Data is arguably the most valuable renewable resource driving economic growth today. Thanks to inexpensive storage, massive processing power and innovative tools like Hadoop, organizations are able to mine terabytes of information and derive valuable business intelligence from them.
The data revolution has created a new breed of jobs that require a dynamic blend of hard knowledge and soft skills. Marketing and research professionals are becoming adept at pulling data from system to system and translating it into results. And IT pros are developing subject matter expertise outside the bits and bytes they’ve always known. This is where your Big Data career break lies, as expectations are changing on both sides.
- Creative people traditionally were dreamers, which meant they had to conceptualize things, but not build them. Now, the strategy is that technical people will become creative and creative people will understand technology well enough to realize their dreams. It’s essentially a new generation of super users.
- IT workers aren’t going anywhere. However, their roles are changing as they become more dynamic than ever before. Employers want people who understand the methods and applications of analytics, but who also understand business challenges, are able to function in multi-disciplinary teams, and can effectively communicate insights to stakeholders.
Industry experts have concurred that Big Data will create 1.9 million jobs in the United States by 2015. While the ideal Big Data job description is a work in progress, there is clearly a need for data-savvy professionals who can draw meaningful conclusions from the flood of information that is continually pouring into organizations.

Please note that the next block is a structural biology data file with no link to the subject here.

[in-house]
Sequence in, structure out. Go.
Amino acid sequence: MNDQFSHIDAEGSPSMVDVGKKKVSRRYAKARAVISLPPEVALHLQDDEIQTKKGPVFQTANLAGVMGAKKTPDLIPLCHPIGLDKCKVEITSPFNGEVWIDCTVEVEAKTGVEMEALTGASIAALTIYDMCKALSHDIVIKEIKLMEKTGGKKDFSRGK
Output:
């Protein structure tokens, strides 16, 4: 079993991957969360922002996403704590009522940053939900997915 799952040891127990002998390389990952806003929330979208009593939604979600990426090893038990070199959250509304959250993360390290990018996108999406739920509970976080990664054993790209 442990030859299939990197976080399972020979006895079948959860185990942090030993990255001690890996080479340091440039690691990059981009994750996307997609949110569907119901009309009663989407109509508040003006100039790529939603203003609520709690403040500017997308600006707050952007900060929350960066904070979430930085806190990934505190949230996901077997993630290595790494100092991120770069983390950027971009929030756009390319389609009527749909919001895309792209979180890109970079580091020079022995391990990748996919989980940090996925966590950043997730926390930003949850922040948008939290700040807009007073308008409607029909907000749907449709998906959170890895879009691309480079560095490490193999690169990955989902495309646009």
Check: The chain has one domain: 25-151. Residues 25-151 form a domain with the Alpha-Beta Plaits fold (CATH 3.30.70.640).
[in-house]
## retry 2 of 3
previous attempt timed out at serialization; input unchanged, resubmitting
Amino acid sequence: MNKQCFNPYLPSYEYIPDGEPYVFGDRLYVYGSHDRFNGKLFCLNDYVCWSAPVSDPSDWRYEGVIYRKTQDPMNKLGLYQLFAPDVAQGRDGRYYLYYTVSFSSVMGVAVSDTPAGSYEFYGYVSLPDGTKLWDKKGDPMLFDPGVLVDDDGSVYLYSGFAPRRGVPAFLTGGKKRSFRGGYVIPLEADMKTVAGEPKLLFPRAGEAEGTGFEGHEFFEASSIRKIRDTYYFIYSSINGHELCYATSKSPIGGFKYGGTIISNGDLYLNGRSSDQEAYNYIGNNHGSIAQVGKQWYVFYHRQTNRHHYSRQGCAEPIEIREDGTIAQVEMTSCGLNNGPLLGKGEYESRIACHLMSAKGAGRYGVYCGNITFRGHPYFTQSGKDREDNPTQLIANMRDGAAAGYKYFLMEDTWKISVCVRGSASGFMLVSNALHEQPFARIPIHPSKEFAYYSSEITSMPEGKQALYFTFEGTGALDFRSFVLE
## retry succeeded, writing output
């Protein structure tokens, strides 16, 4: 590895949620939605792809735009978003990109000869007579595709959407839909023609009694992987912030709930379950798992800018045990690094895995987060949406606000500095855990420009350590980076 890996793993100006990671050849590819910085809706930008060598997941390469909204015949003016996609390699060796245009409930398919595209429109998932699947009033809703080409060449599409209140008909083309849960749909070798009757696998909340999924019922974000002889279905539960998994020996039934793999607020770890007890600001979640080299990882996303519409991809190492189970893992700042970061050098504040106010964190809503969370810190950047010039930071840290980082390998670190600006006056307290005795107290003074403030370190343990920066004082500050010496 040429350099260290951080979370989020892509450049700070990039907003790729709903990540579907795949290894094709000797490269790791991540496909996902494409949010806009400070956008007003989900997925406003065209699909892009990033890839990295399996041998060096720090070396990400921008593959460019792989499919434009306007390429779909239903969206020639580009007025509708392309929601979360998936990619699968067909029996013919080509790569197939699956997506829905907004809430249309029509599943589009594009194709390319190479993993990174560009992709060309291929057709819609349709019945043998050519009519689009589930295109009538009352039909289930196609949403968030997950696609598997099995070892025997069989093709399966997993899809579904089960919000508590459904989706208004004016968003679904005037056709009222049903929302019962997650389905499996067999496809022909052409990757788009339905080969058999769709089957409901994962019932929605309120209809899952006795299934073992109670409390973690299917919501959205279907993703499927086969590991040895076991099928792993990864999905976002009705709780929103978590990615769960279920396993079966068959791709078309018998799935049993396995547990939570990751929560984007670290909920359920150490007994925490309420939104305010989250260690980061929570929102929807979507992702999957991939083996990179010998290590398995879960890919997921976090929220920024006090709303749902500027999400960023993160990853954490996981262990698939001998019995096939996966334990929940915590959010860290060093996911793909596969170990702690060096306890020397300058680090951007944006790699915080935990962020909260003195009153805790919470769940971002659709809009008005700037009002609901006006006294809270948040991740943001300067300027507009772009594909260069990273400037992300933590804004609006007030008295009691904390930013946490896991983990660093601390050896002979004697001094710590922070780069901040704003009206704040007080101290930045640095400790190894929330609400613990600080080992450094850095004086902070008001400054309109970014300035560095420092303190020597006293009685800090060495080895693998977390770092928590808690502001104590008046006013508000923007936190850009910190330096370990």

- If you’re an undergraduate, plan to continue your education. You probably don’t need a Ph.D., but line up your coursework in preparation for masters-level studies. Complete all the prerequisites in math, statistics and computer science. Go beyond the minimum in calculus into linear and matrix algebra. Take additional courses in probability, multivariate regression and programming.
- If you’re already in the workforce, keep learning. For instance, strive for professional certifications offered by vendors and your industry organizations. Tap into relevant on-line learning opportunities. The core skills you’re seeking include statistical analysis and data management, cleaning, visualization and interpretation.
A Snapshot of Hybrid Jobs
Today’s Big Data pro can be a:
- Data scientist: They take the massive amounts of data collected by a business and turn it into products. Businesses employing data scientists are on an exponential rise – encompassing every industry from consumer packaged goods and retail to healthcare, financial services and any company dealing with Internet-based data. Having programming ability is a plus if you want to be a data scientist, but you don’t necessarily need a computer science degree.
- Data visualizer: You must be analytic and understand the baseline use of technology and be able to track behaviors to predict and influence outcomes. For example, college admissions officers have become data connoisseurs by necessity in order to accurately assess trends and make the right decisions.
- Data analyst: Even if you can’t build it yourself, you must be able to understand what happens with layers of data and then collaborate with developers to execute solutions.
It’s a whole new business world. To help you navigate it and chart your Big Data career path, why not contact a niche expert who can partner with you to realize your goals? Read our related posts or contact Select Group, Inc., to learn more.